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The One about the Writing Process

The Writing Process is a topic I have seen come up multiple times. Every author has their two cents on how the writing process should go. Some are adamant that you need to be a 'plotter', and others like to be 'pantsers'. I prefer to put myself in the middle, using a term I came up with myself--'plonttsner'. It is a weird word, maybe even a little challenging to pronounce, but it certainly fits my writing style.

My point is that the process is different for everyone. Some thrive on plotting out every detail of a novel before sitting down to write. It makes them more productive. Others hate the constraint of following a carefully laid outline, it's like a collar choking the neck.

I haven't been writing long, but I have learned I am a blend between the two. I like to have a general outline with a highlight of what should happen in each chapter, however, I sometimes find that while writing I will change things like location or character reactions. I'm not going to insist things 'speak' to me, but sometimes I instinctively know what I planned is not authentic to a character or a scene location. This is was I mean by 'plonttsning'. I'm not drastically changing aspects of the book or character; I'm making it fit with how it feels in the moment of curation.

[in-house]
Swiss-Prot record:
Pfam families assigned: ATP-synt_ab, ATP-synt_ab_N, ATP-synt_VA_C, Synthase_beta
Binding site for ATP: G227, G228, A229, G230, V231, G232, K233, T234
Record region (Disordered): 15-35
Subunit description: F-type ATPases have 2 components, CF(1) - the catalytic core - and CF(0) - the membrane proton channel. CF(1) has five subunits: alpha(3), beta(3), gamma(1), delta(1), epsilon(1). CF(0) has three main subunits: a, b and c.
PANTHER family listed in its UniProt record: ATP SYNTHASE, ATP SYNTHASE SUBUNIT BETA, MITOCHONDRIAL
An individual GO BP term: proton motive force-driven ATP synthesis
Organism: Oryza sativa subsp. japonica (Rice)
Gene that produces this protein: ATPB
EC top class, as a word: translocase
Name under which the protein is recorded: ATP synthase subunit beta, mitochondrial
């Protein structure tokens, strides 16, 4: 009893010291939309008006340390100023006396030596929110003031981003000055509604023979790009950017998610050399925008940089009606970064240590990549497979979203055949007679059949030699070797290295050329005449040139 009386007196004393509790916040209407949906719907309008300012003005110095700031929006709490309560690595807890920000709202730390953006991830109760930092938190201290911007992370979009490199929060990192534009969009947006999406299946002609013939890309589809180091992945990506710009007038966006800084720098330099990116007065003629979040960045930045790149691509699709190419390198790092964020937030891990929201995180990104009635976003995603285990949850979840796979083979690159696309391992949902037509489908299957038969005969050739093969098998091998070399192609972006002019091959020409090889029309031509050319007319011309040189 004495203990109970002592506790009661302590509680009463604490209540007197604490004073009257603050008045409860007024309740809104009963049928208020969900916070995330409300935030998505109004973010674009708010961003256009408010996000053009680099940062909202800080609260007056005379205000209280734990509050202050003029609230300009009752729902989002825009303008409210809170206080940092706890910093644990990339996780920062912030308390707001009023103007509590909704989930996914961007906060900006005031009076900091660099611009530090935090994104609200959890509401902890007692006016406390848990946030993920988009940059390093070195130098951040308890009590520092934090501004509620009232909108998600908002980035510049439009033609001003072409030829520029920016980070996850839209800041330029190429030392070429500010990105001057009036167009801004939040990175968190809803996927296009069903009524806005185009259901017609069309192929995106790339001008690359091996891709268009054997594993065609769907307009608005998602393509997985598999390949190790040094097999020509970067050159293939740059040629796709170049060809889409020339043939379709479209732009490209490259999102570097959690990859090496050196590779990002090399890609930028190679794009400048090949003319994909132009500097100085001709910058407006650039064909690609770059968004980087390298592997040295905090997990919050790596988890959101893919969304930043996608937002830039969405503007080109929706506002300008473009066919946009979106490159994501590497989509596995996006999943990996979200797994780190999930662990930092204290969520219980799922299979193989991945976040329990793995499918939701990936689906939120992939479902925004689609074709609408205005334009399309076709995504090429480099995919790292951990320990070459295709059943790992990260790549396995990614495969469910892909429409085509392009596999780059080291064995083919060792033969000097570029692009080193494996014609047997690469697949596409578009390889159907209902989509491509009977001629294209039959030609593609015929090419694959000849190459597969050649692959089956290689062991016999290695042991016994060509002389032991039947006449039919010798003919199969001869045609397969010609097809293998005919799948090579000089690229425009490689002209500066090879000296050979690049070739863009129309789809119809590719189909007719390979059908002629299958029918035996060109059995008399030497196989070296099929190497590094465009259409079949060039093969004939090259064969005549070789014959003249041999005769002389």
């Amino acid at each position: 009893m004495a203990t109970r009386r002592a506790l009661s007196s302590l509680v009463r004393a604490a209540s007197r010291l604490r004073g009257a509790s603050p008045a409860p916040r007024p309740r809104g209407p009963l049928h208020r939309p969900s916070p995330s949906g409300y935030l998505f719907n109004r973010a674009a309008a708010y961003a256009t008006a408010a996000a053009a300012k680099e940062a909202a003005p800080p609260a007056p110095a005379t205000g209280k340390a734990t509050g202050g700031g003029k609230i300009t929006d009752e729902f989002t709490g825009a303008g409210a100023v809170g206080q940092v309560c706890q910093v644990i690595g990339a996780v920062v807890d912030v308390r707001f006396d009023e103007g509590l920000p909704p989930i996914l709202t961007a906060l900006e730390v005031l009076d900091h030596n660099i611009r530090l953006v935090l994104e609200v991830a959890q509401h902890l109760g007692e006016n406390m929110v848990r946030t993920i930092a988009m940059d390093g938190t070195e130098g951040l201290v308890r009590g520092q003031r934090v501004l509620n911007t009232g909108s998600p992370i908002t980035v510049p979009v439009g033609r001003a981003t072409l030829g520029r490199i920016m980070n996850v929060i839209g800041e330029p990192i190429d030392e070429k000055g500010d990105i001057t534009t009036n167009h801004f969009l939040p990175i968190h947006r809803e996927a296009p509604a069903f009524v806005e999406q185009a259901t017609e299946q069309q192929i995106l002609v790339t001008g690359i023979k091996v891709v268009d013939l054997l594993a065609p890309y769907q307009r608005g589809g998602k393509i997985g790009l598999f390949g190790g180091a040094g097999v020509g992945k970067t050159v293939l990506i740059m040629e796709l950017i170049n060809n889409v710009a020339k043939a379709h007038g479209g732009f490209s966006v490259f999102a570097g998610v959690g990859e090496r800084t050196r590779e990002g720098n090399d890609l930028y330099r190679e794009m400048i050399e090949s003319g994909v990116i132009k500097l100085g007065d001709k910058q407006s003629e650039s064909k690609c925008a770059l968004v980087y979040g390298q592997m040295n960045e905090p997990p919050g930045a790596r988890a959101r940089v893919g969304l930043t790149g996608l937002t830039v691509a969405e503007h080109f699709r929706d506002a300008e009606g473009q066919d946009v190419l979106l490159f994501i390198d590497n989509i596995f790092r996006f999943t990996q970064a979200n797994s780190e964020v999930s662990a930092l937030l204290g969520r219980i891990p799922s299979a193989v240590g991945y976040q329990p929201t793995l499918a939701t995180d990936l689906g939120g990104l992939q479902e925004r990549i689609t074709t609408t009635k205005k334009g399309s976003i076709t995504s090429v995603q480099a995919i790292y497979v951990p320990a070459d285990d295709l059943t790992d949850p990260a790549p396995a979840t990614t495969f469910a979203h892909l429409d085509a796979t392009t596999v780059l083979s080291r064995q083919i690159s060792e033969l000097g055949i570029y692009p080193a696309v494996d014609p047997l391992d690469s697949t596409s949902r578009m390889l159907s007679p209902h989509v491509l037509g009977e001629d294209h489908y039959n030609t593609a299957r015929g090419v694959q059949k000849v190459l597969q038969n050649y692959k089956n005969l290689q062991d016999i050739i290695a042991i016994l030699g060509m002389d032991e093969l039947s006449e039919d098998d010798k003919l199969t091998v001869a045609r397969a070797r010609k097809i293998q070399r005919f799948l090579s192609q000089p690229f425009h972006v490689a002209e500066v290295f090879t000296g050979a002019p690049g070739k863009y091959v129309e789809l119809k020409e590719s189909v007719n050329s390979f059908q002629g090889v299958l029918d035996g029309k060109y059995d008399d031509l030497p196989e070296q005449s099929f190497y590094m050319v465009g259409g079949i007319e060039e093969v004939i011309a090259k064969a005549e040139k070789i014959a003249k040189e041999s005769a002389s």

All of this to say, I still encourage having an outline in whatever form you choose--even if it's basic. The biggest thing I've noticed between 'pantsing' and 'plotting' is that 'pantsing' takes a lot longer. Yes, you get your ideas on the page, but there tends to be heavy amounts of editing that follow. I think it's a waste of my time to edit a lousy page just to give myself a page to edit. If it takes a day to create a general outline, I'm way more productive overall than if I just sat down to write.

So, don't get caught up in 'pantsing' or 'plotting'. Those are not the only two methods in existence for writing. Take a page out of my book and create your own system. Do what works for you, but the most important thing is that you do something. If you want to write, you must have the will to get it done, just like anything else.

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